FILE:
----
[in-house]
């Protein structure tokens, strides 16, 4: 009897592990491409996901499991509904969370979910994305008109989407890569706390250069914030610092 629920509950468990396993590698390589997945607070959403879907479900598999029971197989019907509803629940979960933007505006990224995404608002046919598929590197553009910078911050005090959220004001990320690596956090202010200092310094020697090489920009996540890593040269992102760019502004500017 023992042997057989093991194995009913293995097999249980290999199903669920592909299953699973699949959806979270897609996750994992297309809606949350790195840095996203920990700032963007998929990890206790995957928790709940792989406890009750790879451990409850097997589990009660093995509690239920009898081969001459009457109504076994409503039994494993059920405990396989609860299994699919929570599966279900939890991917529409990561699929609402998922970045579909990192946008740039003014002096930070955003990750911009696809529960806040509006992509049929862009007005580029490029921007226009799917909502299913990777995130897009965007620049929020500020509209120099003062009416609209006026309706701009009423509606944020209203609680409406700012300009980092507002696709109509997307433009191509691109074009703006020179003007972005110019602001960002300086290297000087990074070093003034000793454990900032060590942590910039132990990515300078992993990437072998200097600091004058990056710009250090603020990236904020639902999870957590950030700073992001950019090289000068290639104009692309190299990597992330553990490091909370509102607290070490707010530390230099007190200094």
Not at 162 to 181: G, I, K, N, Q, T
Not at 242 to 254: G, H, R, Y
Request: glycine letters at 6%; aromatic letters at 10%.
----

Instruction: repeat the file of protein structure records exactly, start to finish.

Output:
[in-house]
């Protein structure tokens, strides 16, 4: 009897592990491409996901499991509904969370979910994305008109989407890569706390250069914030610092 629920509950468990396993590698390589997945607070959403879907479900598999029971197989019907509803629940979960933007505006990224995404608002046919598929590197553009910078911050005090959220004001990320690596956090202010200092310094020697090489920009996540890593040269992102760019502004500017 023992042997057989093991194995009913293995097999249980290999199903669920592909299953699973699949959806979270897609996750994992297309809606949350790195840095996203920990700032963007998929990890206790995957928790709940792989406890009750790879451990409850097997589990009660093995509690239920009898081969001459009457109504076994409503039994494993059920405990396989609860299994699919929570599966279900939890991917529409990561699929609402998922970045579909990192946008740039003014002096930070955003990750911009696809529960806040509006992509049929862009007005580029490029921007226009799917909502299913990777995130897009965007620049929020500020509209120099003062009416609209006026309706701009009423509606944020209203609680409406700012300009980092507002696709109509997307433009191509691109074009703006020179003007972005110019602001960002300086290297000087990074070093003034000793454990900032060590942590910039132990990515300078992993990437072998200097600091004058990056710009250090603020990236904020639902999870957590950030700073992001950019090289000068290639104009692309190299990597992330553990490091909370509102607290070490707010530390230099007190200094």
Not at 162 to 181: G, I, K, N, Q, T
Not at 242 to 254: G, H, R, Y
Request: glycine letters at 6%; aromatic letters at 10%.